Yesterday, I started writing the second of four novels I intend to write this year. The novel is called “A Darkling Nine,” and I project it to be around 110,000 words.
In a break from my indie ways, I plan to run this past a handful of agents before I decide what to do with it. I have said publicly during interviews in print and podcast form that I favor having one foot on the indie side of the fence, and another in the tradpub side. But don’t worry, I still plan to release “Fishpunk” and other new material indie style.
Why this one? It’s the start of a new series in a unique environment. (Yes, Mike Stackpole, I can hear your opposition to this decision from all the way over here!) It’s a series that I don’t plan to parallel with any other work, and it is open ended.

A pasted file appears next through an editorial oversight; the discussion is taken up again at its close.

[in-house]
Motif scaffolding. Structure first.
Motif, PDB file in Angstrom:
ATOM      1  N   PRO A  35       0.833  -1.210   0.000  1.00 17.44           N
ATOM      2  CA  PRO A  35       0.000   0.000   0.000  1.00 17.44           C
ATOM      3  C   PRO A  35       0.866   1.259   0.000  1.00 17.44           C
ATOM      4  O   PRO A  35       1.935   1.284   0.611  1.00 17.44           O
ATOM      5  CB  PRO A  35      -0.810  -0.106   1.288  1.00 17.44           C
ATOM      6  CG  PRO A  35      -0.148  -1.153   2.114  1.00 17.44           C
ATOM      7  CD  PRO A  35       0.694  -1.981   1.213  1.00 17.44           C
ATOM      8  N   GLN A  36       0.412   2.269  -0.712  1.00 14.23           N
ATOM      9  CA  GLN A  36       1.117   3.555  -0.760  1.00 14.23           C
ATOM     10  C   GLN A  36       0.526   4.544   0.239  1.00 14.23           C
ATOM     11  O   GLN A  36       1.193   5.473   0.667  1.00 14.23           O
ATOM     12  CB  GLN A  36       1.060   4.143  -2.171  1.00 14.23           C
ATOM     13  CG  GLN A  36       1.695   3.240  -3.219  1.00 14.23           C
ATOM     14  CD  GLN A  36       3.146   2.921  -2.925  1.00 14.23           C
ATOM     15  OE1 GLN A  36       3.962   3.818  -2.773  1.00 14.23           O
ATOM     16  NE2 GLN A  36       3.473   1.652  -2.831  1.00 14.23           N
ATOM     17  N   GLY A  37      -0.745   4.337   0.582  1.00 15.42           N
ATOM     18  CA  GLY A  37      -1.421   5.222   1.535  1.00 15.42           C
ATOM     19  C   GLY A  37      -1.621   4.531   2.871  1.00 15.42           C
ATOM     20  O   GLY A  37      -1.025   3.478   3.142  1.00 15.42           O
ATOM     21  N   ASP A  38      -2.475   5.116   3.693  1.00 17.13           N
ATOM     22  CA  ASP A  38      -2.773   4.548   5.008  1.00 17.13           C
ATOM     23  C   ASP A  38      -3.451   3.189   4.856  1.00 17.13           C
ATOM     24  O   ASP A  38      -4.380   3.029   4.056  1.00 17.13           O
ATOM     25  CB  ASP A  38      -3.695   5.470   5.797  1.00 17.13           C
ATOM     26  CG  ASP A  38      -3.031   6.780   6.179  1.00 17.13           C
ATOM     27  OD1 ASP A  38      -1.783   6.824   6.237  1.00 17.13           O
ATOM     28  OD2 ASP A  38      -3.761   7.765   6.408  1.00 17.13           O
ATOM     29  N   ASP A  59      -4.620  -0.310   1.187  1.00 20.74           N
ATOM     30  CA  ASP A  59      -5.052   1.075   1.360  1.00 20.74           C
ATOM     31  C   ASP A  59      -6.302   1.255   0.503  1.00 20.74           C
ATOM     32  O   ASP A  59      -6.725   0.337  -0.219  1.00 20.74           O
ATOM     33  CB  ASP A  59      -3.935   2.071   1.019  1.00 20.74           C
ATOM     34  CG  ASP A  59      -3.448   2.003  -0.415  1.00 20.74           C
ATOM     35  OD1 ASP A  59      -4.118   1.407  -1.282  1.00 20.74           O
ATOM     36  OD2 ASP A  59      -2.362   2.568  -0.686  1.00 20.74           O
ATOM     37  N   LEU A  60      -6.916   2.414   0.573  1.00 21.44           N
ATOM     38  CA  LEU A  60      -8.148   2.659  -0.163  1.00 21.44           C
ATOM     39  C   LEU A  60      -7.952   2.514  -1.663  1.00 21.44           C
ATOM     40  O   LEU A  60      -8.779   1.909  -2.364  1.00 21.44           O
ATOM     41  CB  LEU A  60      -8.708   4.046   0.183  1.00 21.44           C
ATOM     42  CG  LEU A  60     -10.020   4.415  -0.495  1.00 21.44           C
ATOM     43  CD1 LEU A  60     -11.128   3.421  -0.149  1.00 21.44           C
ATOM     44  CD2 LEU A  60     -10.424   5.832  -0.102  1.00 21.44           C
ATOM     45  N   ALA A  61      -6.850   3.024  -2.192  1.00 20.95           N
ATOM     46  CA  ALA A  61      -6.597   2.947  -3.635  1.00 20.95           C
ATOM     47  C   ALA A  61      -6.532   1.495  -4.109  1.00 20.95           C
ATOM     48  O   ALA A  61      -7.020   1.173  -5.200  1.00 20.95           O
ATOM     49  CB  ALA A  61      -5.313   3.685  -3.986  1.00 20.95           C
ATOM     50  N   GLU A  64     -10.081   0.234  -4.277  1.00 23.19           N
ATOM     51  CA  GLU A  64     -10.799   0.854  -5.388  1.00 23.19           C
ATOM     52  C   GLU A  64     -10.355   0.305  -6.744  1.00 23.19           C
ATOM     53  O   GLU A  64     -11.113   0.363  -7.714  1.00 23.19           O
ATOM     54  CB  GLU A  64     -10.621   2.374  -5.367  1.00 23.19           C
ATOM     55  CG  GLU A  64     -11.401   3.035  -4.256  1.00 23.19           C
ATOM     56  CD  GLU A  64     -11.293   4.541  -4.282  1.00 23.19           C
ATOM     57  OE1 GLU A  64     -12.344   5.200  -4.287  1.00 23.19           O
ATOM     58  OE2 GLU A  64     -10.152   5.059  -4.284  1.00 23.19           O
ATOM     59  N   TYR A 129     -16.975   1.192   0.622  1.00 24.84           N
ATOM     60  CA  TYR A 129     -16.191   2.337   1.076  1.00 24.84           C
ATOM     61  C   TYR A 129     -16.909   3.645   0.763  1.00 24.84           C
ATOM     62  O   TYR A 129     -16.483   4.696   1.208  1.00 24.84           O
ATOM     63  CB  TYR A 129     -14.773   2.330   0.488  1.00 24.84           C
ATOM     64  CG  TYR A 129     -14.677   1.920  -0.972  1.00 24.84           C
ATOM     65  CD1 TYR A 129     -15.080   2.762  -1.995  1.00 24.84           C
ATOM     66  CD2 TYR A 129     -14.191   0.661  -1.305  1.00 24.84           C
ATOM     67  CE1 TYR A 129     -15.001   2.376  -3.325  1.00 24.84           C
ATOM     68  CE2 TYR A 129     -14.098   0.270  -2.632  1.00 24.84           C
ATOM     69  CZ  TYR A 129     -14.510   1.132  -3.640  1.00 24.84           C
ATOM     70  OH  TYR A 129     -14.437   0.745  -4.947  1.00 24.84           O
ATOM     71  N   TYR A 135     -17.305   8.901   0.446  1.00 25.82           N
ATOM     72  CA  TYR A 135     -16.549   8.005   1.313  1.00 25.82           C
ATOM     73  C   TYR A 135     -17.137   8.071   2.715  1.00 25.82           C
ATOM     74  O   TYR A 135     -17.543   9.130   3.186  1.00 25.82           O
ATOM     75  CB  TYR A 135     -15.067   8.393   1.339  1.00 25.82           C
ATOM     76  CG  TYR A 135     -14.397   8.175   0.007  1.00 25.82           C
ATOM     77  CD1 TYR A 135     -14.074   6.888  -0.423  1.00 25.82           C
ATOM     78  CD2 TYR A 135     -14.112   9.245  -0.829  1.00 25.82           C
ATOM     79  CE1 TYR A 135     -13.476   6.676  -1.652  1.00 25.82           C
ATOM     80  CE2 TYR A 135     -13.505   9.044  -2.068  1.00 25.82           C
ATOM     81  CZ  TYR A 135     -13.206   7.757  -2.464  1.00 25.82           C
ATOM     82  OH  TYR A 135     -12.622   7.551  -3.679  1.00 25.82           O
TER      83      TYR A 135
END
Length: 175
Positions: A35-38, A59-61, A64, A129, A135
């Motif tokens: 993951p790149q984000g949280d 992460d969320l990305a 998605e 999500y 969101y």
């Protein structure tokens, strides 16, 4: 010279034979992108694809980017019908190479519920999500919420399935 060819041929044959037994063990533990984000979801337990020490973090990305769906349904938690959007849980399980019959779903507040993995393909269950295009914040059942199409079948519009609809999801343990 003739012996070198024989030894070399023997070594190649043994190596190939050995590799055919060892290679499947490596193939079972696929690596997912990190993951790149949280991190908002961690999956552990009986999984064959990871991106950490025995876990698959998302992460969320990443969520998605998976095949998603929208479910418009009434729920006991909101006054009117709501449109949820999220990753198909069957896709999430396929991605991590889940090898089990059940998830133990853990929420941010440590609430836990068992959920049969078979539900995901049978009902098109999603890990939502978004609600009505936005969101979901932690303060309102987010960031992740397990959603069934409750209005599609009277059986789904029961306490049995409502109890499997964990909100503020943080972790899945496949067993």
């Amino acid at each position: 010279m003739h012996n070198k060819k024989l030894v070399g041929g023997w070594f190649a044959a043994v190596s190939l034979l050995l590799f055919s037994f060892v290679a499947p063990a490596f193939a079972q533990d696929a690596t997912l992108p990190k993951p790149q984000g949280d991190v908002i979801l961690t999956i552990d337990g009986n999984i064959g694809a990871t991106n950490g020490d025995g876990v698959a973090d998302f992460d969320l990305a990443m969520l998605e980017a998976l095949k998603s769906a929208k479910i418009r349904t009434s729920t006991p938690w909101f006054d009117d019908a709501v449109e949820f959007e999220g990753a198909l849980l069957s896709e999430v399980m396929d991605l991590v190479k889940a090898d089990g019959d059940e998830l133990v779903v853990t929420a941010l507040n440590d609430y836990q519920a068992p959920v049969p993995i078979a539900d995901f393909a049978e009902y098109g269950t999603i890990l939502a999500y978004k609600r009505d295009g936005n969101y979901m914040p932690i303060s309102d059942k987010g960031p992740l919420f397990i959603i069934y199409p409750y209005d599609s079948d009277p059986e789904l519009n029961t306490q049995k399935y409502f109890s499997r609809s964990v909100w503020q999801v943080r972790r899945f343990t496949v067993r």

This decision is strategic, not tactical. In that respect, it’s very similar to why I used KDP Select when I released “Rigel Kentaurus.”
I can see a number of scenarios where I kill a deal and release this novel indie,but I’m hoping to avoid those possibilities. Specifically, any broad non-compete clause that would strangle my indie side would be a deal-breaker. Any kind of nebulous reversion clause would be a deal-breaker.
I could be setting myself up for disaster by voicing those deal-breakers, but I figure it saves everyone time because I won’t sign such a contract anyway.
Enough about deal-breakers. I’m glad to be writing long fiction again, and glad I managed to start so quickly after my last novel. This is, for me, probably the most challenging novel project yet.